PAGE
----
The Ability to Feel and Will to Survive Might Make Robots Smarter, But is it Safe?

Neuroscientists from University of Southern California, Kingson Man and Antonio Damasio, propose that machines with an artificial equivalent of feelings might develop more advanced thinking abilities. The new research was published in Nature Machine Intelligence

It seems like a beginning of a blockbuster movie. We give machines the ability to feel and very soon they start to disobey. Next thing you know, robots hate us for all the disrespectful attitude towards them. The war begins: humanity joints forces and fights against the machines. Robots are stronger, humanity is close to extinction. The ones that survived the major attacks either organize into small underground military units, or give up hope and serve the machines as the machines once served us. Fortunately, the main character and his pretty girlfriend manage to save the humanity and defeat the robots seconds before the whole planet gets destroyed. New era begins. The end.

Well, what scientists propose shouldn’t lead to the rise of the machines. Hopefully, not. 

What could be an artificial equivalent of feelings?

Researchers suggest designing machines with the ability to sense peril to their own existence. With the goal of self-preservation, robots would develop feelings to guide behaviors needed to ensure their survival.

Neuroscientists think robotics must follow suit after living organisms whose survival relies on homeostasis, the ability to maintain a relatively stable internal conditions compatible with life despite changes in the world outside. All living organisms, from algae to kittens, have to regulate their internal environment to survive.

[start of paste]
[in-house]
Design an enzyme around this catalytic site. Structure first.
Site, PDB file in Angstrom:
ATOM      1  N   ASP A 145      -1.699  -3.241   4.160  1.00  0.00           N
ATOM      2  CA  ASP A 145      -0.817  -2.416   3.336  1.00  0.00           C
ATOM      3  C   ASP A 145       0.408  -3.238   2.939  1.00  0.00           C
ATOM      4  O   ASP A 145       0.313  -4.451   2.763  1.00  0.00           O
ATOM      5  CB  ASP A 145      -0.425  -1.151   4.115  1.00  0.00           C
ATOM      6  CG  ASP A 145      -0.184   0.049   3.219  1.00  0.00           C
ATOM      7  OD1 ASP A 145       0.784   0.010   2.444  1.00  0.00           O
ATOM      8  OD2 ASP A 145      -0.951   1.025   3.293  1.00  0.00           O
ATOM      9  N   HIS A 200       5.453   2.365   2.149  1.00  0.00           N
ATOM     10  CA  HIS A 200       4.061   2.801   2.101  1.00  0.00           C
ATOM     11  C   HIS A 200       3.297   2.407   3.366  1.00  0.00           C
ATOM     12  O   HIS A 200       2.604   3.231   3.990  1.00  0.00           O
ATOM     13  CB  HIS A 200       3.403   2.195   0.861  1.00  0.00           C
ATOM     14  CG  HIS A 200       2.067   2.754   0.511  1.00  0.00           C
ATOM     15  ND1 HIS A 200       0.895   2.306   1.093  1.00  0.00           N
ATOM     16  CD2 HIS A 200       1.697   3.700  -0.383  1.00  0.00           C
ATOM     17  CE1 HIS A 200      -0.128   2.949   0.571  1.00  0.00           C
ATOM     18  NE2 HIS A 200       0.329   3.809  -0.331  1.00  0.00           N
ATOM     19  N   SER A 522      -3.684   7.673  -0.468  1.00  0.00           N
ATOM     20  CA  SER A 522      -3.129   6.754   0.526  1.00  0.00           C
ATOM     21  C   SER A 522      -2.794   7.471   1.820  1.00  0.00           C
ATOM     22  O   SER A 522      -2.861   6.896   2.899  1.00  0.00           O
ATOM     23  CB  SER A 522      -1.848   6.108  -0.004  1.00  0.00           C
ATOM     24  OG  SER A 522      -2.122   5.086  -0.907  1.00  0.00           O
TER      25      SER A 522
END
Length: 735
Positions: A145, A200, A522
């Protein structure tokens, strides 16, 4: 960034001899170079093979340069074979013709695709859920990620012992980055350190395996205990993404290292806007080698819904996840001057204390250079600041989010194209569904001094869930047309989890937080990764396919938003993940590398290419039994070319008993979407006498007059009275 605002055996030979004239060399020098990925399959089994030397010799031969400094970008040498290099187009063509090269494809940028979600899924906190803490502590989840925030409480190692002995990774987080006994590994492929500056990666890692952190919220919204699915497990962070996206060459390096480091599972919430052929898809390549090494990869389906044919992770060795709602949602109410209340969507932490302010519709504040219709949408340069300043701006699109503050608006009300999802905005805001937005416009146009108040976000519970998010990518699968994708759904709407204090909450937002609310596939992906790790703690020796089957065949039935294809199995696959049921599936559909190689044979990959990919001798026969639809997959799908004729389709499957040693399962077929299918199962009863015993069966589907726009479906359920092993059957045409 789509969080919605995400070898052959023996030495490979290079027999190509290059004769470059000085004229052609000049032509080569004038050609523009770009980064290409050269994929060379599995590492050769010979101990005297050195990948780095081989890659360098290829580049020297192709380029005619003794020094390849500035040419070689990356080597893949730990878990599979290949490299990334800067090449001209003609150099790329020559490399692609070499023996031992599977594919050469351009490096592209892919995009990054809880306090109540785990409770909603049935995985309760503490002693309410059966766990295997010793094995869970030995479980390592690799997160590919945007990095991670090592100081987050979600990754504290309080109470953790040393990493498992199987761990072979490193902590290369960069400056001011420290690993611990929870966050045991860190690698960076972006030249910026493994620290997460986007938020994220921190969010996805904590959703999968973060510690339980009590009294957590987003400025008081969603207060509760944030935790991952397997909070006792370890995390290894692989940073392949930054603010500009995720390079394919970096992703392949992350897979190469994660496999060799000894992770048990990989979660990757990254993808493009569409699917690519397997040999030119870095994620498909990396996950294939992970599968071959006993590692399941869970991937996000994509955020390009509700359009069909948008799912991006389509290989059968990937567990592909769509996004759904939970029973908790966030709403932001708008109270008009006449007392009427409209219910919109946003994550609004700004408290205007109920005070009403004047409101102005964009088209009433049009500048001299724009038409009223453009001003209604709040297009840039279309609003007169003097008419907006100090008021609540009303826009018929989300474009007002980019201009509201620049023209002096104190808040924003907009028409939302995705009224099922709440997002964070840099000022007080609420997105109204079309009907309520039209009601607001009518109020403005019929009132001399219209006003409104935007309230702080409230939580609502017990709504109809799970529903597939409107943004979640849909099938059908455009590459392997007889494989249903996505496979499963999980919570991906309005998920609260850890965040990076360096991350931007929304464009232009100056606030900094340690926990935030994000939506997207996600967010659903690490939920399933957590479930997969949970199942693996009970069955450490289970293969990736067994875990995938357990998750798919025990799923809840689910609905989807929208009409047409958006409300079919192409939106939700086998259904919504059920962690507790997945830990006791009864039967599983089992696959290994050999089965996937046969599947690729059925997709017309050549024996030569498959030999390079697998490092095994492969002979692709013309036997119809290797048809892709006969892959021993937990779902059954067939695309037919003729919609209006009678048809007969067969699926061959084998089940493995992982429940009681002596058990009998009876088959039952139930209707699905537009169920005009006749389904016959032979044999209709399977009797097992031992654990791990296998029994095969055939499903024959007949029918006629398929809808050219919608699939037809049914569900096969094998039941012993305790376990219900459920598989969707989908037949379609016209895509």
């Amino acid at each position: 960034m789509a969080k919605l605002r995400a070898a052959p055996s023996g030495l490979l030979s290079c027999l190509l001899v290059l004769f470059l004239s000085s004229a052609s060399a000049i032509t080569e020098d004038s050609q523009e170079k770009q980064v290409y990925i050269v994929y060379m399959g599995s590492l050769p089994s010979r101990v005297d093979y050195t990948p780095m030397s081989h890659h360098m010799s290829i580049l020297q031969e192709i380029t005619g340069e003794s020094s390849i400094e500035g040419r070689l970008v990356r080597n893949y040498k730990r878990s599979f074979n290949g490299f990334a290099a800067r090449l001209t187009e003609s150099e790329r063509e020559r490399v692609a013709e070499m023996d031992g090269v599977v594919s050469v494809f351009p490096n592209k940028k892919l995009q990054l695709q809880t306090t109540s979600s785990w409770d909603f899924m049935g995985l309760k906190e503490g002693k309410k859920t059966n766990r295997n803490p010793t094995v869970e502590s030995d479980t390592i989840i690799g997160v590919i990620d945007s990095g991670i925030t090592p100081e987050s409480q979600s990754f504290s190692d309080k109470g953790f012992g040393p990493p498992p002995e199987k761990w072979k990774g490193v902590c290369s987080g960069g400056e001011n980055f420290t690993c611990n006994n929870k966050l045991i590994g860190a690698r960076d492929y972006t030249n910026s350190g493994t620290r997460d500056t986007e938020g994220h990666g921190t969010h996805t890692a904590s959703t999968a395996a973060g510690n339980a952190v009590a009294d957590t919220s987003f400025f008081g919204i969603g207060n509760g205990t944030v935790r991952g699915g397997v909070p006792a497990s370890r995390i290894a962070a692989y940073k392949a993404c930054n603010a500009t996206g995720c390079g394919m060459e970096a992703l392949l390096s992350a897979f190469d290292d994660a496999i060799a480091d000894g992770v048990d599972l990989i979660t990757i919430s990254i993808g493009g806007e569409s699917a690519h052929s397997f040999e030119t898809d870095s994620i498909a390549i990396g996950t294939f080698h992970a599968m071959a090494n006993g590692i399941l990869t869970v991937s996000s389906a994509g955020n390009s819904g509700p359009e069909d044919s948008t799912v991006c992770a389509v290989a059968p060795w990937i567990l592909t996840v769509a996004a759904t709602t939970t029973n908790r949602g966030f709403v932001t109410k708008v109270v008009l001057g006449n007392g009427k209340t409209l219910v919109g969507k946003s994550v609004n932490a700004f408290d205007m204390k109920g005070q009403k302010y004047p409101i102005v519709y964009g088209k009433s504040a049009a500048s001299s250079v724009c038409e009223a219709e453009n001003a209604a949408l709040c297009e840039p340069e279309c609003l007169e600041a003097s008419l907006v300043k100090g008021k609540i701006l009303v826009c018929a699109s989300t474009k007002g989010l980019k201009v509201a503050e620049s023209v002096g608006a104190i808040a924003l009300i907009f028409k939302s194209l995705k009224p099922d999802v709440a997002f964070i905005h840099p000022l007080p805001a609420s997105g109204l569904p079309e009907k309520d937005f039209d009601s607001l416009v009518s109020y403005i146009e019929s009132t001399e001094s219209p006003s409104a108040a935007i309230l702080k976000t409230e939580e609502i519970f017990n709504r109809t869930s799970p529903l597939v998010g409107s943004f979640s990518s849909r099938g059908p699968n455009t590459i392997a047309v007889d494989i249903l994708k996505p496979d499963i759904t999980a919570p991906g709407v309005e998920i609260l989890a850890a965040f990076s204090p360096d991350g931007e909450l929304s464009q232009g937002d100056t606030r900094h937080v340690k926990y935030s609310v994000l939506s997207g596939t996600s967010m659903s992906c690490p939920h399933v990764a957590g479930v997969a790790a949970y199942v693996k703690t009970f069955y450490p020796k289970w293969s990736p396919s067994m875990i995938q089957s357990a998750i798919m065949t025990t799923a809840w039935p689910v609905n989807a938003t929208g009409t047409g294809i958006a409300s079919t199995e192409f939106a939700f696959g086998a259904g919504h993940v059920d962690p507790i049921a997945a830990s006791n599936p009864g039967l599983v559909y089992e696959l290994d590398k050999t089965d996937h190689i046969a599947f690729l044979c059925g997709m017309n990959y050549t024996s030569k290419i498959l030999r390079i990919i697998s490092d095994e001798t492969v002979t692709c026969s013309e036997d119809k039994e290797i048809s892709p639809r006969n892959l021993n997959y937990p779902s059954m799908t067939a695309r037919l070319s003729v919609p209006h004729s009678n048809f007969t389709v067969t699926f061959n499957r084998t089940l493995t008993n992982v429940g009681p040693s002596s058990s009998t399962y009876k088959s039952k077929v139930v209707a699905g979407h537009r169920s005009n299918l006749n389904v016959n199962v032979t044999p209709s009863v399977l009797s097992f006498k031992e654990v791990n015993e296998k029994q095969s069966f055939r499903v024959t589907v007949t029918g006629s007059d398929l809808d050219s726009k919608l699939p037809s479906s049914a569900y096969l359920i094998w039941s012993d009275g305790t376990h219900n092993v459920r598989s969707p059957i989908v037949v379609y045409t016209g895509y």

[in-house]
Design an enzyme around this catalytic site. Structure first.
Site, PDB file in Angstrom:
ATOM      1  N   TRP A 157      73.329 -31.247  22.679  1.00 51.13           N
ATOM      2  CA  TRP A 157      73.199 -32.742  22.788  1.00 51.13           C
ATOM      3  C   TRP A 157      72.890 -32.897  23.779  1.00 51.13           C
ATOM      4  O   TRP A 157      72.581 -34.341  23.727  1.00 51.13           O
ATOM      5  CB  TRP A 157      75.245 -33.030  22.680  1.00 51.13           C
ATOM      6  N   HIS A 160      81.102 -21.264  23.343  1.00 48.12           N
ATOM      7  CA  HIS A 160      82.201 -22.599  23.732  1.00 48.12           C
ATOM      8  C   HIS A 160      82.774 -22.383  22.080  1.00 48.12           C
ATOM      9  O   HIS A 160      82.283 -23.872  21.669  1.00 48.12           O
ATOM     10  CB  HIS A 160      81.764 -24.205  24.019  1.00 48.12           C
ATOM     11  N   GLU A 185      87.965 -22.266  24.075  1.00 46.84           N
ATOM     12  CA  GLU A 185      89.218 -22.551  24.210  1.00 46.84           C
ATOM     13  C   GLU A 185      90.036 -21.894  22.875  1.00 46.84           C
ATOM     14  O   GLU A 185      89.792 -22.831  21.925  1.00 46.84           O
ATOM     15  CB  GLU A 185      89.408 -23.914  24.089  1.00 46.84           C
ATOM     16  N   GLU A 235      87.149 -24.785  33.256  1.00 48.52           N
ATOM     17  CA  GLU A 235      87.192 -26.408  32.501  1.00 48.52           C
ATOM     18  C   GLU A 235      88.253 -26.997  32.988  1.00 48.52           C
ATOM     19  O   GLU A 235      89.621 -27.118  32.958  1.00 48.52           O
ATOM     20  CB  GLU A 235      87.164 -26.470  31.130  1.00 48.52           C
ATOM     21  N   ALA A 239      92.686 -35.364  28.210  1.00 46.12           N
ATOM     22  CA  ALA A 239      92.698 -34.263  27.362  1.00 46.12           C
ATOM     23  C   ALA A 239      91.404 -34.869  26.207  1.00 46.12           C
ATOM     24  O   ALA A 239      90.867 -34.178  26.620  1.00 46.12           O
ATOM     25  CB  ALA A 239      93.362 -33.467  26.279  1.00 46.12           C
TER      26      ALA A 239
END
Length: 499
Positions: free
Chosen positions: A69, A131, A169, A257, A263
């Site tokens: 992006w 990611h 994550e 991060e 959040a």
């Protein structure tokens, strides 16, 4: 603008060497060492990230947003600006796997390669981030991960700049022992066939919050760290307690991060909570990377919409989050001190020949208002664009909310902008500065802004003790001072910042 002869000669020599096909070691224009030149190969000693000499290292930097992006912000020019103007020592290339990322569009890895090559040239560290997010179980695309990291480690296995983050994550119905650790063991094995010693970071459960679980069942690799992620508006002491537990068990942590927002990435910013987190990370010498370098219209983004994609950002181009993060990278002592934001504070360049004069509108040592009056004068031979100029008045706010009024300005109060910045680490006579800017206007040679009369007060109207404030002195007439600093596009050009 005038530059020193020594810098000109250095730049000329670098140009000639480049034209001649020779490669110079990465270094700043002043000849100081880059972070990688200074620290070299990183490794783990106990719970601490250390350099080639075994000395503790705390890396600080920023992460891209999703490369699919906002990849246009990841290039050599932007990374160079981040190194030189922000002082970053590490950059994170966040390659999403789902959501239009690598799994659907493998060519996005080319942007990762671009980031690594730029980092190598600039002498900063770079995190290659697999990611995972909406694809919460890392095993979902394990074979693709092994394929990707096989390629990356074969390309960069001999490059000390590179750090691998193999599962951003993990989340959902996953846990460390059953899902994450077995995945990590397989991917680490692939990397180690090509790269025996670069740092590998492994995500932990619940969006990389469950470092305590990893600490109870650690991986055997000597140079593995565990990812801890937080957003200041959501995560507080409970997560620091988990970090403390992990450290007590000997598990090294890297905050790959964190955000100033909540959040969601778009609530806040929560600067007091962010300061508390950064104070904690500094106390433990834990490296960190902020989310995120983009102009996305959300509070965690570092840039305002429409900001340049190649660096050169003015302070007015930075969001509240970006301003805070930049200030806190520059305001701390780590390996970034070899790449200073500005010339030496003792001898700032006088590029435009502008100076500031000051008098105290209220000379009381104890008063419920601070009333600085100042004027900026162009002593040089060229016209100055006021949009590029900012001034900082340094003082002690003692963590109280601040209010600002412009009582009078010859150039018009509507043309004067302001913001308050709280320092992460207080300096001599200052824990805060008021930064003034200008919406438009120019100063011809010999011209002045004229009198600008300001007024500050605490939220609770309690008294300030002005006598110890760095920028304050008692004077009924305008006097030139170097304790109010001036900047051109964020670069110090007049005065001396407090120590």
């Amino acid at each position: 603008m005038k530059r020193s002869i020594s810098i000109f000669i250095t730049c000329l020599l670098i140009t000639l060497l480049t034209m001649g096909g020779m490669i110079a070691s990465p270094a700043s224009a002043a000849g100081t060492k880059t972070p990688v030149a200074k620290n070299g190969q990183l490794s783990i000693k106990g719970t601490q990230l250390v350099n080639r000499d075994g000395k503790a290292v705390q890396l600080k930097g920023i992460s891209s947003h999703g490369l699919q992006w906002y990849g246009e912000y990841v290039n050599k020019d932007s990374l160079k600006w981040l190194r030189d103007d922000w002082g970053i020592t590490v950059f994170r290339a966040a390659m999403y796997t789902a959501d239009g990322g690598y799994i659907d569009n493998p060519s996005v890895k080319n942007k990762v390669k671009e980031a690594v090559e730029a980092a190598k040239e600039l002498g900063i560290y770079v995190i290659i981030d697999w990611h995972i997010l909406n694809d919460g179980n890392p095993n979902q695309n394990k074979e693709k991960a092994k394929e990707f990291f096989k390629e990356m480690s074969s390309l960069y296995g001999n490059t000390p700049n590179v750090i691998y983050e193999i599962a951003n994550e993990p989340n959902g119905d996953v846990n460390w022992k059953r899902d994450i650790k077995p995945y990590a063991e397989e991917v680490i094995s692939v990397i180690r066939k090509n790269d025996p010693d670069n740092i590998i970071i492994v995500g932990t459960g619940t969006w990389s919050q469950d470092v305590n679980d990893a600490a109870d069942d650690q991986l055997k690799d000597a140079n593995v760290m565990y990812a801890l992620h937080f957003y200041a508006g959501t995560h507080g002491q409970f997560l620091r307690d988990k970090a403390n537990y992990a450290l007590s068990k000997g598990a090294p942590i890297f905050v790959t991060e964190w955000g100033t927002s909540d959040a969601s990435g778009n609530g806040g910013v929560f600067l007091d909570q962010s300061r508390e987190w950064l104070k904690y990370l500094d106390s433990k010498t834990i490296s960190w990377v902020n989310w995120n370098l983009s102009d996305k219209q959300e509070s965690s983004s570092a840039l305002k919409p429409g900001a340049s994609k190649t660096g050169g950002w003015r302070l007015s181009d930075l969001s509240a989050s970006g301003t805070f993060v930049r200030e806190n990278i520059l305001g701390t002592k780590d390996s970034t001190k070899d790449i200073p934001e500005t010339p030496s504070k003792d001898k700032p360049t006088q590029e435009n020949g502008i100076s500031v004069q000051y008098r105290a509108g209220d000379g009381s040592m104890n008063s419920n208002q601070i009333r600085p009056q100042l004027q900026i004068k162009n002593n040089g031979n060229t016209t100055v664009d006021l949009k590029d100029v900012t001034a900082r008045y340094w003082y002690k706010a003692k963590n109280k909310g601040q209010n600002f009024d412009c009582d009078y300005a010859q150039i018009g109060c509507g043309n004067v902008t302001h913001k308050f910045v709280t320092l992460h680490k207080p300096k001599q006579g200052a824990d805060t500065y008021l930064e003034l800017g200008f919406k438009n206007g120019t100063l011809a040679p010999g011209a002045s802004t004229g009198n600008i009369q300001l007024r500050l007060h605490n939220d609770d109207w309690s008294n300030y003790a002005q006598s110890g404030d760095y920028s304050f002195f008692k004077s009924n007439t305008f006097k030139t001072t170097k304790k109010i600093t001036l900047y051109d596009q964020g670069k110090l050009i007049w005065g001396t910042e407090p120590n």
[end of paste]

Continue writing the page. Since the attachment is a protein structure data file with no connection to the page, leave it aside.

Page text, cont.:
Could robots capable of implementing a process that resembles homeostasis acquire a source of motivation? A machine's awareness of its internal state could evolve into a robotic equivalent of feelings and make robots much smarter, according to the authors. Sounds legit, this is how we evolved. The will to survive definitely is the main force driving progress. 

According to the recent study, in organisms capable of mental states, feelings are a mental expression of the state of life in the body and play a crucial role in regulating behavior. 

Today, humans are the ones who maintain machines in a viable state. Are all the wires connected properly? Is there the right amount of electric current? Robots really don’t care, they have no need for feelings and don’t get signals that something went wrong and needs to be adjusted. 

However, having feelings could make machines seek optimum states for survival. An intelligent machine with a sense of its own vulnerability should be acting in a way that would minimize threats to its existence. Such a machine could learn to devise new methods for its protection, instead of relying on pre-programmed solutions.

How would robots understand their internal state? Researchers propose to combine soft robotics and deep learning. Soft robotics would provide the materials needed to build machines with feelings, while deep learning methods would enable computation required to translate those feelings into existence-sustaining behaviors.

According to the study, the machines inspired by the principles of homeostasis would exhibit equivalents to feelings, improve their functionality across a range of environments and constitute a platform for investigating consciousness, intelligence and the feeling process itself.

Still sounds like the beginning of a blockbuster? Well, in case it is the first step towards the ‘rise of the machines’, you would know who to blame. 

‘Stories about robots often end poorly for their human creators,’ the authors admit

So could such ‘sensitive’ intelligent robot pose a threat to humanity? 

‘We suggest not,’ say researchers, ‘provided, for example, that in addition to having access to its own feelings, it would be able to know about the feelings of others — that is, if it would be endowed with empathy.’

‘Assuming a robot already capable of genuine feeling, an obligatory link between its feelings and those of others would result in its ethical and sociable behavior,’ conclude researchers. 

So does it mean that a smart robot with feelings and capable of empathy would beat you up only in case you enjoy it? Probably!

Christina Daumann